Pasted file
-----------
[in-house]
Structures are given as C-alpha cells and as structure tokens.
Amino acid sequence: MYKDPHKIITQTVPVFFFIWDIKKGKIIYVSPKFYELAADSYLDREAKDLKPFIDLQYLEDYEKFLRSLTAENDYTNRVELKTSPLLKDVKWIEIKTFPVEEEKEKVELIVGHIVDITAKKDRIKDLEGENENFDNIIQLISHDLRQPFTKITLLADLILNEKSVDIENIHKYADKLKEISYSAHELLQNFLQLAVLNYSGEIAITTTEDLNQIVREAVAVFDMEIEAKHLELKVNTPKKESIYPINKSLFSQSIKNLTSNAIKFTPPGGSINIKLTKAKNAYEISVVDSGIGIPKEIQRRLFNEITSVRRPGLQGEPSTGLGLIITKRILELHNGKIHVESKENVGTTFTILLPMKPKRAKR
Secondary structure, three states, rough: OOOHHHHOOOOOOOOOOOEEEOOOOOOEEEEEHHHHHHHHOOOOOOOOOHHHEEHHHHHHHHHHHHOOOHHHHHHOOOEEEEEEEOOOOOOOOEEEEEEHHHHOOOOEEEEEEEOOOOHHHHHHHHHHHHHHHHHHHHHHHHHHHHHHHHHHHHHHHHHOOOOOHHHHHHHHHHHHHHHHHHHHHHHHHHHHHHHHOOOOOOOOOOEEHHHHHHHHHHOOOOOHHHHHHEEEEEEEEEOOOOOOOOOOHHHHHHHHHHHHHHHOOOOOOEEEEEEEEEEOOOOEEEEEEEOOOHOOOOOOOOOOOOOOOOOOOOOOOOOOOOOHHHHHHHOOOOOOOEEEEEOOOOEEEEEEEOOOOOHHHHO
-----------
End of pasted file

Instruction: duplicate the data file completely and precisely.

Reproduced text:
[in-house]
Structures are given as C-alpha cells and as structure tokens.
Amino acid sequence: MYKDPHKIITQTVPVFFFIWDIKKGKIIYVSPKFYELAADSYLDREAKDLKPFIDLQYLEDYEKFLRSLTAENDYTNRVELKTSPLLKDVKWIEIKTFPVEEEKEKVELIVGHIVDITAKKDRIKDLEGENENFDNIIQLISHDLRQPFTKITLLADLILNEKSVDIENIHKYADKLKEISYSAHELLQNFLQLAVLNYSGEIAITTTEDLNQIVREAVAVFDMEIEAKHLELKVNTPKKESIYPINKSLFSQSIKNLTSNAIKFTPPGGSINIKLTKAKNAYEISVVDSGIGIPKEIQRRLFNEITSVRRPGLQGEPSTGLGLIITKRILELHNGKIHVESKENVGTTFTILLPMKPKRAKR
Secondary structure, three states, rough: OOOHHHHOOOOOOOOOOOEEEOOOOOOEEEEEHHHHHHHHOOOOOOOOOHHHEEHHHHHHHHHHHHOOOHHHHHHOOOEEEEEEEOOOOOOOOEEEEEEHHHHOOOOEEEEEEEOOOOHHHHHHHHHHHHHHHHHHHHHHHHHHHHHHHHHHHHHHHHHOOOOOHHHHHHHHHHHHHHHHHHHHHHHHHHHHHHHHOOOOOOOOOOEEHHHHHHHHHHOOOOOHHHHHHEEEEEEEEEOOOOOOOOOOHHHHHHHHHHHHHHHOOOOOOEEEEEEEEEEOOOOEEEEEEEOOOHOOOOOOOOOOOOOOOOOOOOOOOOOOOOOHHHHHHHOOOOOOOEEEEEOOOOEEEEEEEOOOOOHHHHO